Coincidental spirals for your Monday pleasure

By Phil Plait | October 24, 2011 9:59 am

It’s been a while since I’ve done a Monday spiral, so here’s a great example of one: the nearby beauty M96.

[Click to oooh-and-ahhhhhenate.]

There’s some nifty stuff here. M96 is about 36 million light years away — relatively close by, for a big galaxy — and is part of a small group of galaxies called (can you guess?) the M96 Group. This is a small collection of a dozen or so galaxies, much like the small group of galaxies to which we belong, called (can you guess that one?) the Local Group. M96 is about the same size as our galaxy, too: roughly 100,000 light years across.

The spiral shape is not as symmetric as usually seen in these types of galaxies, and that’s almost certainly due to gravitational interactions with the other galaxies in the group (which are spread out enough not to be seen in this close-up). You can see lots of dark dust swirling around the center of the galaxy, blocking the light from stars behind it. You can see more on the right than on the left, indicating the right side of this galaxy is the side of the galaxy nearer to us. But that top looping arm is way out of proportion to the other side of the galaxy, so it’s probably been tugged out due to the other galaxies in the group. You can see clumpy regions of blue along its length; that’s where stars are being born, blasting out lots of ultraviolet light and causing the surrounding gas to glow.

I think my favorite part of this picture, though, is the reddish edge-on spiral galaxy located in the upper left, almost perfectly aligned with the spiral arm of M96! This is certainly a coincidence; the edge-on galaxy is probably much farther away. The red tinge to it supports that idea; dust in the arm of M96 would absorb bluer light from the more distant galaxy, letting the red light through.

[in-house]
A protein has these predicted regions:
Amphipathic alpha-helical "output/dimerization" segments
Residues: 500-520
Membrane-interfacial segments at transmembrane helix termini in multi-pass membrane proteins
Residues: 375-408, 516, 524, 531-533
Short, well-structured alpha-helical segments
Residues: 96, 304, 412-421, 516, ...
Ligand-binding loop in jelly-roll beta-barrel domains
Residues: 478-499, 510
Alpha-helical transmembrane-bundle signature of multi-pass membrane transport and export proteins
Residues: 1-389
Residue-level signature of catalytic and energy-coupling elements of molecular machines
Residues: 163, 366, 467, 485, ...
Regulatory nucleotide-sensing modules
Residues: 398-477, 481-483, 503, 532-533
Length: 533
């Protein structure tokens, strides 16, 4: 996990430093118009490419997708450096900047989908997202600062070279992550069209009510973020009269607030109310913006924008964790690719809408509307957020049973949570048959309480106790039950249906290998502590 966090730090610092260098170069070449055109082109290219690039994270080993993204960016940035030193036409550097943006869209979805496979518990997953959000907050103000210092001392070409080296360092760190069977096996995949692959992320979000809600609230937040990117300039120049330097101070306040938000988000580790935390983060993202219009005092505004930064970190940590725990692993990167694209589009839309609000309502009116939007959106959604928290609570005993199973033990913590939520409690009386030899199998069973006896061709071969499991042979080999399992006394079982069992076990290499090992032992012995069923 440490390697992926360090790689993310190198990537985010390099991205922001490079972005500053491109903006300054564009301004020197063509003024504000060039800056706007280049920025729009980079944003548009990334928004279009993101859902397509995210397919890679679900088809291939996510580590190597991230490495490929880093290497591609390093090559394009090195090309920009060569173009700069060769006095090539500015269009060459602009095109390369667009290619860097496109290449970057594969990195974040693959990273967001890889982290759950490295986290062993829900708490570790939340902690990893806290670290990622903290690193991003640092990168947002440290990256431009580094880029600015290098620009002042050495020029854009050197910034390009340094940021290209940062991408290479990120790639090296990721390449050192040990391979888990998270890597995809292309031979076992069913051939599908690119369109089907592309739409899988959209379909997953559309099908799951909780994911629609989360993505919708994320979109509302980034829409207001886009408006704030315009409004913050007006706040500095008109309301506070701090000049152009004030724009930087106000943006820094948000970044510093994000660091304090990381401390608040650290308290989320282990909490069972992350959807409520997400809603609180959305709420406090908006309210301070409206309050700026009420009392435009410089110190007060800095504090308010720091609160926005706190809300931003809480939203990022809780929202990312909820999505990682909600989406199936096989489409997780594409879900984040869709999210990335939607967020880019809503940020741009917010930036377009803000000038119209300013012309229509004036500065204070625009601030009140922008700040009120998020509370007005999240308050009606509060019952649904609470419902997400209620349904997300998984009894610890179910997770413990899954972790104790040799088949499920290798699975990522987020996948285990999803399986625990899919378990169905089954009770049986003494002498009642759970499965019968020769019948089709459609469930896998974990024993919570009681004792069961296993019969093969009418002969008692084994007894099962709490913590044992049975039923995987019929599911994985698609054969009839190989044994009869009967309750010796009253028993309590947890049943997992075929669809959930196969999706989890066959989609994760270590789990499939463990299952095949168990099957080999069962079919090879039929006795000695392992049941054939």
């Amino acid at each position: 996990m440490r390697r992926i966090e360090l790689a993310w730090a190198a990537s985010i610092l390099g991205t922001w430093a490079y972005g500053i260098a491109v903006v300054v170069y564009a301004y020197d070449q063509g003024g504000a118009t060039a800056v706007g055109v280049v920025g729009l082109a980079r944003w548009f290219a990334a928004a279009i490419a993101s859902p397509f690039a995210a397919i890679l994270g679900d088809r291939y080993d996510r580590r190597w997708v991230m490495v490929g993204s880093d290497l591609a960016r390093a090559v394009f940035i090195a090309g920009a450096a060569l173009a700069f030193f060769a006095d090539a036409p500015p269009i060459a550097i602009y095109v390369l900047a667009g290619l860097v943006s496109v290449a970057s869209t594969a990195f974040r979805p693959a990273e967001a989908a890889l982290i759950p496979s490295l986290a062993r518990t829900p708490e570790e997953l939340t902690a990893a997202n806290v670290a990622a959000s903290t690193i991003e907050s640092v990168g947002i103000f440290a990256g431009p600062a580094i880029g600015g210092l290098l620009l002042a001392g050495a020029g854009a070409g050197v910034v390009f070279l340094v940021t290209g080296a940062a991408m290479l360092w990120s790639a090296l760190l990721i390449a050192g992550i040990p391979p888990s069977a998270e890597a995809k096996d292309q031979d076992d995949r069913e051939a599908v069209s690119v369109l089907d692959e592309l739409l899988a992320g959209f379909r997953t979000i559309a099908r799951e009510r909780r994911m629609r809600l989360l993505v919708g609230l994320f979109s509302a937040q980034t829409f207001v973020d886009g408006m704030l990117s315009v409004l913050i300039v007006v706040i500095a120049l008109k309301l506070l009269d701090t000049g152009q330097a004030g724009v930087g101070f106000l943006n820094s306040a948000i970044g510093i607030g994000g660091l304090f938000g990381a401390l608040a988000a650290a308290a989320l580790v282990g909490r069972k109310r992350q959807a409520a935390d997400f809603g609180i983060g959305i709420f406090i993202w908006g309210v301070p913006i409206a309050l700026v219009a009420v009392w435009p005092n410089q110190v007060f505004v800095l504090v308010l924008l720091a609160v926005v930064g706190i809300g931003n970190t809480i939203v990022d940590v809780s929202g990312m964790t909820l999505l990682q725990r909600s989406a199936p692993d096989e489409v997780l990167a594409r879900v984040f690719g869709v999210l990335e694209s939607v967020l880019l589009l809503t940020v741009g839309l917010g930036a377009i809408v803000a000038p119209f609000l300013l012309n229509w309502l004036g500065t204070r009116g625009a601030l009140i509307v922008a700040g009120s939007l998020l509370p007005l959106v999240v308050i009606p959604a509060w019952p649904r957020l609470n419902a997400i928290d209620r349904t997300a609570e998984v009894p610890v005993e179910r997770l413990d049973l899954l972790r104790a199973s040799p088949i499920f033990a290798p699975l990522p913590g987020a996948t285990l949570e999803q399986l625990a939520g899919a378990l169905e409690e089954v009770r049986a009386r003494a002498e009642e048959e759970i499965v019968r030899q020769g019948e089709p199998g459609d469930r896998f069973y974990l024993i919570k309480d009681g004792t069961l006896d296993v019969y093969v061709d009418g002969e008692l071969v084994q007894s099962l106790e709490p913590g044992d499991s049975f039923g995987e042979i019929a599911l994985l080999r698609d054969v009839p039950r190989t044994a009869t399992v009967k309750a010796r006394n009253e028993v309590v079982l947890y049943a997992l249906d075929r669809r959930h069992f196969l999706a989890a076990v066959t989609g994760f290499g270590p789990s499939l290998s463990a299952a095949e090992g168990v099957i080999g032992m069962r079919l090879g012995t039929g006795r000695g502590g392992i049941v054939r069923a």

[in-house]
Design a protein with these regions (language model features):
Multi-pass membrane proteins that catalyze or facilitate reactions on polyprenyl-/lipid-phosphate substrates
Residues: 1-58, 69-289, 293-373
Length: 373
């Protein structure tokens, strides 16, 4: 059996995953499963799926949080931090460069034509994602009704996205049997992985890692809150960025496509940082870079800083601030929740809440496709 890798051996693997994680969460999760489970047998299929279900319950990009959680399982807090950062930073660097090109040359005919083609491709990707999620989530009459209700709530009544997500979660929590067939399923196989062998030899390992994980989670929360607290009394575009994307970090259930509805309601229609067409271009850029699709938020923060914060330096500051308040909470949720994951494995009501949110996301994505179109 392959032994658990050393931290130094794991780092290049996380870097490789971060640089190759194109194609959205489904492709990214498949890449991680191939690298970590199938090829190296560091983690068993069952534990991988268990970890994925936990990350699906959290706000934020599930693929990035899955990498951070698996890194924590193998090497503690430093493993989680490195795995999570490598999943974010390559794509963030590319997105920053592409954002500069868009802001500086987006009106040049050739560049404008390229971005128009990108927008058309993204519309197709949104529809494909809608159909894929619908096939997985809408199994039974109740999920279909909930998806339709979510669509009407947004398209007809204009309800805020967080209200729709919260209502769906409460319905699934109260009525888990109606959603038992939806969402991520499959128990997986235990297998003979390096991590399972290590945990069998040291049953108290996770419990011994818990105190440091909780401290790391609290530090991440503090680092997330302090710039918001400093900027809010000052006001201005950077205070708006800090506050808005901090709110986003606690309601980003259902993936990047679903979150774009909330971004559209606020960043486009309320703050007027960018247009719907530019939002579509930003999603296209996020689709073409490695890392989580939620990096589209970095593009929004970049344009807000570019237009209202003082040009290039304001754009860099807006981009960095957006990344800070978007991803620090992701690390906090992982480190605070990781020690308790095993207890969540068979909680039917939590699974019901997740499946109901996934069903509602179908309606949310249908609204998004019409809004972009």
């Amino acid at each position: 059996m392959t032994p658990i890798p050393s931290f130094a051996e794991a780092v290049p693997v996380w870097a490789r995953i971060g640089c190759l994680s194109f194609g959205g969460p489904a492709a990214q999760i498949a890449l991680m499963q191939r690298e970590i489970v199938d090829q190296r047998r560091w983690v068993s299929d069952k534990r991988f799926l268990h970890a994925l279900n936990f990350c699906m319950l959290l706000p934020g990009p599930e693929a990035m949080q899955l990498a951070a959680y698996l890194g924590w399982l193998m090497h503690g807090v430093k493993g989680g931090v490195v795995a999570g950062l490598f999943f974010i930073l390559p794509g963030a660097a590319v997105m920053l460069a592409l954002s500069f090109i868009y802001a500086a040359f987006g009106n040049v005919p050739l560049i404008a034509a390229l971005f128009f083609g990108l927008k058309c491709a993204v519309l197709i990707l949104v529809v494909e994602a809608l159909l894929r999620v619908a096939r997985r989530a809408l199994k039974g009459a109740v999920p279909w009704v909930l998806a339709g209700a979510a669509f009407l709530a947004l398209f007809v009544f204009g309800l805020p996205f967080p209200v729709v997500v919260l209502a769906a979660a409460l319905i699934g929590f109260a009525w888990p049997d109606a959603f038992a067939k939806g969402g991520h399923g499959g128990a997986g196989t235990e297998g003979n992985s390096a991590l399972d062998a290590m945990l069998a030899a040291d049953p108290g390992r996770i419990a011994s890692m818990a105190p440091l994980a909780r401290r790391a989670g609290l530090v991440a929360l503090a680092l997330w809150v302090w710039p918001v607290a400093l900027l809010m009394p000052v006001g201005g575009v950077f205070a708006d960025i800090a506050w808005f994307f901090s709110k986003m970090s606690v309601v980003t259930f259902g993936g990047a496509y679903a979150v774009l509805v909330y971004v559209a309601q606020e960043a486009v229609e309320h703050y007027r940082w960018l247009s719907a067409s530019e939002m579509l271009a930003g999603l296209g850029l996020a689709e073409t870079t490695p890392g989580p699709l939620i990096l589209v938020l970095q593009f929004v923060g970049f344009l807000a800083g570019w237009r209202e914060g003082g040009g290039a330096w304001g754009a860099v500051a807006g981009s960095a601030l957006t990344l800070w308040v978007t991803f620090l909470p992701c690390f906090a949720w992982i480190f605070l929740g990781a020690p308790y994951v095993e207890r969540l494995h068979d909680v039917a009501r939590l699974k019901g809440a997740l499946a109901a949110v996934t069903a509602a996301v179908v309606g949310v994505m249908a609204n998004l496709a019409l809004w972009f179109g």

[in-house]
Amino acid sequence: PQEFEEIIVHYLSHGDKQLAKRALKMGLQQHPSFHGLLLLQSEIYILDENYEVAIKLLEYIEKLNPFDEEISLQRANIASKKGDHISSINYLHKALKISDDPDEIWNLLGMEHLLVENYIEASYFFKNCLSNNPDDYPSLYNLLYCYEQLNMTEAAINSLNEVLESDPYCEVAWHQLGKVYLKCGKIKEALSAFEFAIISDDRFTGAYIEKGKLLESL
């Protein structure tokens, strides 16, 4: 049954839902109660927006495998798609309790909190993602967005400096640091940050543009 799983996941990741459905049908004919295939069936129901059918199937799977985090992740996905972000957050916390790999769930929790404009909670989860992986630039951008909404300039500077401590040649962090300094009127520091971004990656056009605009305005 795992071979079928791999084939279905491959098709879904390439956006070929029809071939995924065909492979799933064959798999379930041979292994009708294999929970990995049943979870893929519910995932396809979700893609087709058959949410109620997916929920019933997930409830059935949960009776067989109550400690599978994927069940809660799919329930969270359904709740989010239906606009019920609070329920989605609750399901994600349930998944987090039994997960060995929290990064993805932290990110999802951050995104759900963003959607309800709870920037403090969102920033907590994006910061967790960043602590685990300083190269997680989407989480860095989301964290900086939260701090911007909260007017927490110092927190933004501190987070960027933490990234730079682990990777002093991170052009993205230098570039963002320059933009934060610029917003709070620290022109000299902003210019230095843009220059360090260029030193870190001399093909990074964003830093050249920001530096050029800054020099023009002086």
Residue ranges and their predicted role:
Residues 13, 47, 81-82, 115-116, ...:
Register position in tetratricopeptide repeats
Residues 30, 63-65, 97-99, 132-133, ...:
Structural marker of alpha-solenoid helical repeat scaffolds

Measuring its size off my screen, I get that it’s about 1/5th the length of M96. If it’s the same size physically as M96, then it’s probably 5 or so times farther away, maybe 150 – 200 million light years off. That’s actually a pretty good distance away. Yet in this image details can still be seen; that’s the advantage of using the colossal 8-meter mirror on the Very Large Telescope! You can still get a pretty clear picture of fantastically distant objects, even when they’re partially obscured by foreground objects.

And you get a gorgeous picture out of it, too.

Image credit: ESO/Oleg Maliy

Related posts:

The dusty depths of a spectacular spiral galaxy
The Triangulum Galaxy, writ large
A Swiftly UV galaxy
M83’s nursing arms

CATEGORIZED UNDER: Astronomy, Pretty pictures

Comments (15)

  1. Chris
  2. OtherRob

    What Chris said. :)

  3. Infinite123Lifer

    Is there such a thing as coincidence? (especially in spirals)

    I think existence itself suggests some type of order (our theories support that; math). Does chance have a reality? After the fact; I think, quite not.

    What about Mondays? Pleasurable? Really? Jk

    Two oxymorons in one title. Coincidence??? o_O

    Splendid! :-)

    Can you count the total # of galaxies in this awesome universal jellybean jar?

  5. Robin Byron